The contentious sex education law will be referred back to parliament as the attorney-general has deemed it unconstitutional, the government said on Thursday.
Nonetheless, Education Minister Prodromos Prodromou will be submitting a proposal to Cabinet to roll out sex education across schools.
“The aim is to achieve what the law intended but through another route,” government spokesman Marios Pelekanos told the Cyprus Mail. Prodromou is likely to submit the proposal in the upcoming cabinet meeting or the one after it, the spokesman explained.
Deputies last month voted for sex education in schools. The law aims to help children understand signs of abuse and know where and when to seek help.
The law passed with 39 votes in favour, eight against from far-right Elam and independent MP Andreas Themistocleous. Diko’s eight deputies abstained.
Before it went to plenum, Prodromou sent House President Annita Demetriou a letter outlining the move was unconstitutional and would not be feasible to implement.
It would require a change of timetable which is determined by regulations that are approved by Cabinet, thus violating the separation of powers. Additionally, the training and additional staff required would affect the state budget, which is unconstitutional, Prodromou said, citing the attorney-general.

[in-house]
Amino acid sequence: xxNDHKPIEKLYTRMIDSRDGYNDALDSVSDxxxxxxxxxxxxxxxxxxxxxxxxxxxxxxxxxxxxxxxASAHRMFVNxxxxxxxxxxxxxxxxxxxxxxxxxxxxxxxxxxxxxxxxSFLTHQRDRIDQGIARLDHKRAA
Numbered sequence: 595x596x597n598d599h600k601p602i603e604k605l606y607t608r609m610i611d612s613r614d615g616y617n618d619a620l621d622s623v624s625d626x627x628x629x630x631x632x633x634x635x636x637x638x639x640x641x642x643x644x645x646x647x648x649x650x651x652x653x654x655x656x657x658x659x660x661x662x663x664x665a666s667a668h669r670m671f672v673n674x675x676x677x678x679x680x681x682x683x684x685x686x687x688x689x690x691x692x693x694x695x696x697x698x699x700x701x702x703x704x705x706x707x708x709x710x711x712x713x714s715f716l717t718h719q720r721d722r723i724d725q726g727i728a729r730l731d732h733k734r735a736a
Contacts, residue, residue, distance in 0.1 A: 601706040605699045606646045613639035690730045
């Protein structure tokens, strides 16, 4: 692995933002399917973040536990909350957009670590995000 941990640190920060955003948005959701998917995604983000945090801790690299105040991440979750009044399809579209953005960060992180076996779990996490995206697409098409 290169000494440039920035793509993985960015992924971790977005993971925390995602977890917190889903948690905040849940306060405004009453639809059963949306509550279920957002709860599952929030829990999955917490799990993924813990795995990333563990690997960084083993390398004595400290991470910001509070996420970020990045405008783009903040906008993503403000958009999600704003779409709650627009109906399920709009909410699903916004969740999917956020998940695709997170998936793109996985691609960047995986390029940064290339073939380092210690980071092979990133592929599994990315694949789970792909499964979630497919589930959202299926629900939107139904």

According to Pelekanos, even though the president will send the law back to parliament, the government still seeks to implement the essence of what it sought to do.
Prodromou has been on the airwaves for the past few weeks, saying schools already teach sex education and it was rolled out for younger ages last year. He argued the ministry was not opposed to sex education – seeing as it was ensuring it was being taught – but having it legislated by parliament was unconstitutional.
The debate led to accusations of hate speech, after independent MP Andreas Themistocleous described the law as “nothing but an abomination. It is disgusting, deplorable and sad. We will teach children that it’s ok for two women to kiss each other, and for men the same. We will teach them that two women or two men can have a child.”
“You can’t just grab a child and teach them whatever you want. They’ll teach kids that there are 64 genders, about gender fluidity. So that Kostakis was born a boy and then became Mariyoulla.”
Akel and the Green Party have censured Themistocleous saying his speech amounted to hate speech and a “disgrace to public life.”